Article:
GSRT's staff includes educators, dramaturgs, directors, playwrights, programmers, stage managers, graphic designers, multimedia and 3D specialists. Below are some of the key players.

Cheryl Faver (Co-Director)
specializes in the work of the 20th century avant-garde and the development of new theater texts and processes. She has written on Stein and adapted and directed a number of Stein's texts for the stage, including Four Saints in Three Acts (1987), Doctor Faustus Lights the Lights (1988, 1995), A Play of Not and Now (1990) and Listen to Me (1991). She has directed and adapted plays at Center Stage, Portland Stage, New York Theater Workshop and New York Stage and Film, among others. In the United States, Ms. Faver has been a guest director and frequent lecturer at NYU's Tisch School of the Arts and Center for Digital Media, Lincoln Center and TCG; she has also conducted workshops and lectures in Russia, Korea and Japan. She designed and wrote one of the only interactive, online multimedia textbooks on the history of Western drama, a class that she also taught via video conferencing to students at Binghamton University. She produced Russian and Soviet Theatre Arts and Culture in the Great Utopia, an international distance-learning course with interactive texts, that was taught by Russian and American scholars on Russian performance 1898-1940.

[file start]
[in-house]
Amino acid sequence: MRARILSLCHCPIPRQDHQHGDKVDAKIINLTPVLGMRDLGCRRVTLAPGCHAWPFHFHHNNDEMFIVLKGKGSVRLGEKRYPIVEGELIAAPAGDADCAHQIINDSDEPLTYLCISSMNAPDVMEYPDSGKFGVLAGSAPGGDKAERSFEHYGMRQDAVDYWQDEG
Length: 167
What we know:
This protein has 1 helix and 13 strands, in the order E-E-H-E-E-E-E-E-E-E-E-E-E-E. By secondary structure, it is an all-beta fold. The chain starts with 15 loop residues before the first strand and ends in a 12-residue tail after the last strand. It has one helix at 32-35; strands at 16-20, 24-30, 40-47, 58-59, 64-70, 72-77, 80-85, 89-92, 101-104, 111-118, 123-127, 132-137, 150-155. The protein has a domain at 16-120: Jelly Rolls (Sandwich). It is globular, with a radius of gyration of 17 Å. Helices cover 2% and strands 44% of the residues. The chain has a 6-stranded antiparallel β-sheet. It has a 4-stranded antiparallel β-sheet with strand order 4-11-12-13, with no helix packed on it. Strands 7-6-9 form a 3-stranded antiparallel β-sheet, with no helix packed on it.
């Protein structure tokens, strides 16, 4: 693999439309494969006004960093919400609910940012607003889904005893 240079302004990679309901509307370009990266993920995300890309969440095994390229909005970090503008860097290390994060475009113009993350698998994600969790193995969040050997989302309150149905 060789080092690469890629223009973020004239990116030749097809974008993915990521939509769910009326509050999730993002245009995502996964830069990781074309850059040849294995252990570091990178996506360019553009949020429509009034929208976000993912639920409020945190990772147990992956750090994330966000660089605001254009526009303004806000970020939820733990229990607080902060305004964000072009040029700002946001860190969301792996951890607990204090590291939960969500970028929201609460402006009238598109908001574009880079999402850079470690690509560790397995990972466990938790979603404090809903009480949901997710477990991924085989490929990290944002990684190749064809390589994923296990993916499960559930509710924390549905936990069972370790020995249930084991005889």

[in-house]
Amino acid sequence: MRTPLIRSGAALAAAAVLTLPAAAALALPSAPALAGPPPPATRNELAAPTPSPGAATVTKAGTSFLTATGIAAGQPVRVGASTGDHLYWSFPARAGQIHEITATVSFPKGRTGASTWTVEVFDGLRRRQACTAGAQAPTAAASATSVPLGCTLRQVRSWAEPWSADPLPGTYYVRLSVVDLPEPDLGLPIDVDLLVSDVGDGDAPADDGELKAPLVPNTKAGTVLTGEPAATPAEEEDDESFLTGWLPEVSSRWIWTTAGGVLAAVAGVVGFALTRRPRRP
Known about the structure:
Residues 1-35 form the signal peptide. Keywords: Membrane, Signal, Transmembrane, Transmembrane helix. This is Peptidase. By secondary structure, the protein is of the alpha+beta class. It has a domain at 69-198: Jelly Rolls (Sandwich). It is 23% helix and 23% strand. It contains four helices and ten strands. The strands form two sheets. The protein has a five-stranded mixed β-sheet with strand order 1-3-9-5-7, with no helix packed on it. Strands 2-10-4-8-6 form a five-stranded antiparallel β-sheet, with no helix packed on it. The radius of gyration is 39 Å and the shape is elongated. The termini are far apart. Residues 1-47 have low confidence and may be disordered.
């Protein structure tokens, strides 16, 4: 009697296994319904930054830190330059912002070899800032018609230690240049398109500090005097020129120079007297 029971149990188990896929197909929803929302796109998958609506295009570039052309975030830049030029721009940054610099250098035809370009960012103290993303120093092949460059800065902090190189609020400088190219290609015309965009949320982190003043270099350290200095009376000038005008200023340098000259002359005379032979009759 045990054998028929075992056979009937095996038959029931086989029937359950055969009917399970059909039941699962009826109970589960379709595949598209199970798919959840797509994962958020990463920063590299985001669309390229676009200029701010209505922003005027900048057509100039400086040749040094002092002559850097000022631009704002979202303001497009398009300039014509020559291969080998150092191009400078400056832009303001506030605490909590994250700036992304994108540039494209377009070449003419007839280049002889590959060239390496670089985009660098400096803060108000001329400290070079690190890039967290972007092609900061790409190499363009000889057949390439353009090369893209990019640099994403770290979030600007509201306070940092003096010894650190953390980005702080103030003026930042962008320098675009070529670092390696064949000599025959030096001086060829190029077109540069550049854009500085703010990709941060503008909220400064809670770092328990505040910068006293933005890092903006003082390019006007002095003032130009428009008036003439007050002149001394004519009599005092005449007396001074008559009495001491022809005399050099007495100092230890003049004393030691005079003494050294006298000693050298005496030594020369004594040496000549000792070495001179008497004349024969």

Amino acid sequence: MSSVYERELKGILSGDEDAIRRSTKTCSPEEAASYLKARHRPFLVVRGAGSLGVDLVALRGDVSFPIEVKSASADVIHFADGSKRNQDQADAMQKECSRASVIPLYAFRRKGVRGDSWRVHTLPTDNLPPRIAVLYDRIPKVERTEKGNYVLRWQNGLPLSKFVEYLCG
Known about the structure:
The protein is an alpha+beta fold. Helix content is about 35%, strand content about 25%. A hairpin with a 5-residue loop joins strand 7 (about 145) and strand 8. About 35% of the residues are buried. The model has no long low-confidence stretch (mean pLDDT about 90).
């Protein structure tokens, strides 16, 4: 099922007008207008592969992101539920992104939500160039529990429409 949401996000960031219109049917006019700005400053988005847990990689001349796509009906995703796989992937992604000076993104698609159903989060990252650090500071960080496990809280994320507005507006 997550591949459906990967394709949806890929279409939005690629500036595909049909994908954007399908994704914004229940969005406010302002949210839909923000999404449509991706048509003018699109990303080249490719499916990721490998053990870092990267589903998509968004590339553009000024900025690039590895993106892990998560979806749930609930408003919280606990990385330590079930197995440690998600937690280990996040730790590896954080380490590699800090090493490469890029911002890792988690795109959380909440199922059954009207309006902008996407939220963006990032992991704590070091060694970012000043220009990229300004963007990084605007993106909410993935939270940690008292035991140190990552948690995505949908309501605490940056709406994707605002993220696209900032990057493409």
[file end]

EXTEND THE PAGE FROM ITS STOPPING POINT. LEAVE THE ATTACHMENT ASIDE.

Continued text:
Ms. Faver's pioneering work in the use of computer-based visualization for theater process and performance has been covered in Jane Magazine, Civilization Magazine, The New York Times, The Village Voice, Business Week and Theatre Crafts International, among others. Her article on "Live Performance in the New Media" is featured in Yale Theater Journal. Her work in multimedia in the performing arts was the subject of IBM's international advertising campaign for distance technologies and appeared in 25 magazines in 5 languages. She was a 1998 fellow of the Asian Cultural Council and U.S./Japan Partnership to study Asian arts in Japan and Korea. She holds an M.F.A. in Directing from the Yale University School of Drama and has studied drama and language at the University of Giessen in Germany and the Sorbonne in France.

John Reaves (Co-Director)
has a B.A. and M.S. from Cornell University. He has also studied film at NYU Graduate School of the Arts, and received an M.F.A. in Playwriting at the Yale School of Drama. He has been a consultant in the computer field since the late 70s, specializing in the areas of software development, training, and marketing, computer graphics, and multimedia for a wide range of Fortune 500 clients including Exxon, Equitable, Merck, GM, and NYNEX. At The Gertrude Stein Repertory Theatre, he has worked with IBM, Lucent / Bell Labs and other major IT companies to merge technological innovations with the needs of artistic development and production. His articles on new media in collaboration and education have appeared in Multimedia Today, Cyberstage, and Multimedia Solutions.

Liz Dreyer (General Manager)